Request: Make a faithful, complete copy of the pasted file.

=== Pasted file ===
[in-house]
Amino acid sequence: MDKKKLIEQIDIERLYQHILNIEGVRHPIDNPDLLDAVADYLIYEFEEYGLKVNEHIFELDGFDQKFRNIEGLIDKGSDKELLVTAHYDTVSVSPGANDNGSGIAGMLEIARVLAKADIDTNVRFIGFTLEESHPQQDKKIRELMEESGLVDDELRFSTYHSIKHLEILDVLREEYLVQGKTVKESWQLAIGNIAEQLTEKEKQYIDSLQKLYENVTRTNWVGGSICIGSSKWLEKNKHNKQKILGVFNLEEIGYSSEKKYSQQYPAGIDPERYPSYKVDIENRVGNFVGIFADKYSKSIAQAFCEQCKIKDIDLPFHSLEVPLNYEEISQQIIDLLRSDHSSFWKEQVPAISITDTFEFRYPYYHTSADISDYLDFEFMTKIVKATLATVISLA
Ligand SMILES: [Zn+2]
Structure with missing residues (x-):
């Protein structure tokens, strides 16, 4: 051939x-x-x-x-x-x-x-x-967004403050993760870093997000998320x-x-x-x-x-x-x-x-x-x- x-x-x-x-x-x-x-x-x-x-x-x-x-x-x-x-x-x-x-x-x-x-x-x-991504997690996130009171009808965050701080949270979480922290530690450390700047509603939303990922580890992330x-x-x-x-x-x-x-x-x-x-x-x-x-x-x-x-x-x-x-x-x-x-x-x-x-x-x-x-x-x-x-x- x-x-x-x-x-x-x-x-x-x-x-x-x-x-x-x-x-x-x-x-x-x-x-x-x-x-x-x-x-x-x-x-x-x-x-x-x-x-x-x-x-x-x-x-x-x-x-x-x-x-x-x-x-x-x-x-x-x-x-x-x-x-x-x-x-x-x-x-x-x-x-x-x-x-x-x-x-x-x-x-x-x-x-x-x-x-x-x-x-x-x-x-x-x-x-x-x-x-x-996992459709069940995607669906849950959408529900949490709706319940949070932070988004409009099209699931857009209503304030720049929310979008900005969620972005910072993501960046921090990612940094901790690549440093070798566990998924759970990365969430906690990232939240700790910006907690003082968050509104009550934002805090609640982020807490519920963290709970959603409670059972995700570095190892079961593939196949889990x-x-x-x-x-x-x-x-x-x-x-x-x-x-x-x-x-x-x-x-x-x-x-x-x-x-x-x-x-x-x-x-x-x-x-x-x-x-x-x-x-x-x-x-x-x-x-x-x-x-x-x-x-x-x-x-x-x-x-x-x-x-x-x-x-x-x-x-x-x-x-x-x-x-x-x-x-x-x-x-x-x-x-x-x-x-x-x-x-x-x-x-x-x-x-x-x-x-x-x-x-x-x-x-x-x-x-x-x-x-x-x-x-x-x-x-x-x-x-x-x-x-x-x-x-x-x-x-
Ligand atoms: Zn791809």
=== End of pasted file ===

[in-house]
Amino acid sequence: MDKKKLIEQIDIERLYQHILNIEGVRHPIDNPDLLDAVADYLIYEFEEYGLKVNEHIFELDGFDQKFRNIEGLIDKGSDKELLVTAHYDTVSVSPGANDNGSGIAGMLEIARVLAKADIDTNVRFIGFTLEESHPQQDKKIRELMEESGLVDDELRFSTYHSIKHLEILDVLREEYLVQGKTVKESWQLAIGNIAEQLTEKEKQYIDSLQKLYENVTRTNWVGGSICIGSSKWLEKNKHNKQKILGVFNLEEIGYSSEKKYSQQYPAGIDPERYPSYKVDIENRVGNFVGIFADKYSKSIAQAFCEQCKIKDIDLPFHSLEVPLNYEEISQQIIDLLRSDHSSFWKEQVPAISITDTFEFRYPYYHTSADISDYLDFEFMTKIVKATLATVISLA
Ligand SMILES: [Zn+2]
Structure with missing residues (x-):
């Protein structure tokens, strides 16, 4: 051939x-x-x-x-x-x-x-x-967004403050993760870093997000998320x-x-x-x-x-x-x-x-x-x- x-x-x-x-x-x-x-x-x-x-x-x-x-x-x-x-x-x-x-x-x-x-x-x-991504997690996130009171009808965050701080949270979480922290530690450390700047509603939303990922580890992330x-x-x-x-x-x-x-x-x-x-x-x-x-x-x-x-x-x-x-x-x-x-x-x-x-x-x-x-x-x-x-x- x-x-x-x-x-x-x-x-x-x-x-x-x-x-x-x-x-x-x-x-x-x-x-x-x-x-x-x-x-x-x-x-x-x-x-x-x-x-x-x-x-x-x-x-x-x-x-x-x-x-x-x-x-x-x-x-x-x-x-x-x-x-x-x-x-x-x-x-x-x-x-x-x-x-x-x-x-x-x-x-x-x-x-x-x-x-x-x-x-x-x-x-x-x-x-x-x-x-x-996992459709069940995607669906849950959408529900949490709706319940949070932070988004409009099209699931857009209503304030720049929310979008900005969620972005910072993501960046921090990612940094901790690549440093070798566990998924759970990365969430906690990232939240700790910006907690003082968050509104009550934002805090609640982020807490519920963290709970959603409670059972995700570095190892079961593939196949889990x-x-x-x-x-x-x-x-x-x-x-x-x-x-x-x-x-x-x-x-x-x-x-x-x-x-x-x-x-x-x-x-x-x-x-x-x-x-x-x-x-x-x-x-x-x-x-x-x-x-x-x-x-x-x-x-x-x-x-x-x-x-x-x-x-x-x-x-x-x-x-x-x-x-x-x-x-x-x-x-x-x-x-x-x-x-x-x-x-x-x-x-x-x-x-x-x-x-x-x-x-x-x-x-x-x-x-x-x-x-x-x-x-x-x-x-x-x-x-x-x-x-x-x-x-x-x-x-
Ligand atoms: Zn791809």